Some ma­jor can­cer cen­ters on the lead­ing edge of treat­ment and re­search now se­quence the tu­mor of ev­ery can­cer pa­tient and use that data to choose the pa­tient’s treat­ment. At the Dana-Farber Can­cer In­sti­tute, for ex­am­ple, the re­sults of DNA tests in­flu­ence clin­i­cal care for nearly 3 out of ev­ery 4 pa­tients. But just 19% of those pa­tients re­ceive an FDA-ap­proved drug. For another 54%, the se­quenc­ing only pro­vides in­sight into whether they might qual­ify for a clin­i­cal trial, Rollins says.

The quest now is to ex­pand the par­a­digm, so that more than just a mi­nor­ity of can­cer pa­tients can get en­rolled in tri­als. “The only peo­ple who get this de­tailed se­quenc­ing are ei­ther rich enough to travel to a ma­jor can­cer cen­ter or just hap­pen to live near one,” Rollins said. “In­sur­ers should strongly con­sider re­im­burs­ing for it ... which will de­moc­ra­tize the process.”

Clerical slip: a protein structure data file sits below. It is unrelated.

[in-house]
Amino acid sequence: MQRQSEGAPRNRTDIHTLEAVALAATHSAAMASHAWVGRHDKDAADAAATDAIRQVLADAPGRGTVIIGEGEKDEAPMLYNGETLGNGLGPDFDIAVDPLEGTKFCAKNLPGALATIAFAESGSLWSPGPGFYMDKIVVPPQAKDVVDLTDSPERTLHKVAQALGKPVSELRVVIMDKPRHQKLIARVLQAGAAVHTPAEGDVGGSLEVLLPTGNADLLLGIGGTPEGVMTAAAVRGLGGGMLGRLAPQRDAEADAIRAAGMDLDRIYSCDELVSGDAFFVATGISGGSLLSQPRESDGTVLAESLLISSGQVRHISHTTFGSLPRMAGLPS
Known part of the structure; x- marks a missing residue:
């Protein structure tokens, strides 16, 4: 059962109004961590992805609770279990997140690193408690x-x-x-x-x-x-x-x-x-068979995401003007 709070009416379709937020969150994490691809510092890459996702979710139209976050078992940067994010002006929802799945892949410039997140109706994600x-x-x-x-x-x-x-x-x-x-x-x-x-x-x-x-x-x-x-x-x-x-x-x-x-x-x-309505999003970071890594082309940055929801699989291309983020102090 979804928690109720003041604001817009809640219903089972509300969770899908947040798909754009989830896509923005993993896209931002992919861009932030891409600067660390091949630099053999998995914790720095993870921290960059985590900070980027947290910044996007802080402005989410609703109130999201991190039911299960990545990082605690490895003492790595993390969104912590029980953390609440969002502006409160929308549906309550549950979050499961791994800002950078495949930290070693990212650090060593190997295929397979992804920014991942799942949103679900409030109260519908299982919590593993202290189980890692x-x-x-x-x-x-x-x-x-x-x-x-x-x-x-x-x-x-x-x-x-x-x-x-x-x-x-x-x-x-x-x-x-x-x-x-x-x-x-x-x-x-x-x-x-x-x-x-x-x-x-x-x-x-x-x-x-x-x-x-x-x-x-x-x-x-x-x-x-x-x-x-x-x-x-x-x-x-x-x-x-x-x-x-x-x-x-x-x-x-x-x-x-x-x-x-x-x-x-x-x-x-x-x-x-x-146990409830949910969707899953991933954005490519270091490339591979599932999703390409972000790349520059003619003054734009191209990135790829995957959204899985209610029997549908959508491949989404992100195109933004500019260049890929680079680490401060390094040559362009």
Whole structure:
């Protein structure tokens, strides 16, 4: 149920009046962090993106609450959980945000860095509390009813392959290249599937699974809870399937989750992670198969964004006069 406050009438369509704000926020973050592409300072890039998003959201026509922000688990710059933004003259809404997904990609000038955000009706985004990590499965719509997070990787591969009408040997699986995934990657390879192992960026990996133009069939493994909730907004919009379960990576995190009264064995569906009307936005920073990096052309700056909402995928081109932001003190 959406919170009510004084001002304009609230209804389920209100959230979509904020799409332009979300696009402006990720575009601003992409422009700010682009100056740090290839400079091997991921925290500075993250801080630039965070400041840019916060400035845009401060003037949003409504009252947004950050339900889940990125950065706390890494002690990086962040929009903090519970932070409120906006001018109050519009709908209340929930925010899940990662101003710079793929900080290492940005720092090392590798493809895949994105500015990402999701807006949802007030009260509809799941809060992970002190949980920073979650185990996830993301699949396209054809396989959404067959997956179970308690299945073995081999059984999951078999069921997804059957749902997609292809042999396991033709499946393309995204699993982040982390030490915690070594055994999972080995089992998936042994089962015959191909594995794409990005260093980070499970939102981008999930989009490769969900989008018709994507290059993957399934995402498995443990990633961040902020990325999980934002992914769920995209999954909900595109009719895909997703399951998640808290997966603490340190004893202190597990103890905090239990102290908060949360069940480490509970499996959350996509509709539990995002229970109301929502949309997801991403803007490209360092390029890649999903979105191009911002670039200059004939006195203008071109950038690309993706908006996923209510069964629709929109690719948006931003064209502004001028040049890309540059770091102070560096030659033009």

Some in­sur­ers are al­ready mov­ing in that di­rec­tion. In Jan­uary, In­de­pen­dence Blue Cross, a Blue Cross and Blue Shield af­fil­i­ate based in Philadel­phia, said it struck a deal with health tech­nol­ogy firm Nan­tHealth to of­fer cov­er­age for genome se­quenc­ing. Com­mer­cial plan mem­bers with can­cers that did not re­spond to tra­di­tional ther­a­pies gained ac­cess to the test­ing in March.

The steady growth of new can­cer ther­a­pies based on ge­nomics has added to an al­ready huge prob­lem for prac­tic­ing on­col­o­gists. De­ter­min­ing the best course of treat­ment for a can­cer pa­tient has be­come a daunt­ing task. A re­cent pol­icy state­ment from ASCO called the tens of thou­sands of ex­ist­ing clin­i­cal path­ways “over­whelm­ing and un­sus­tain­able.”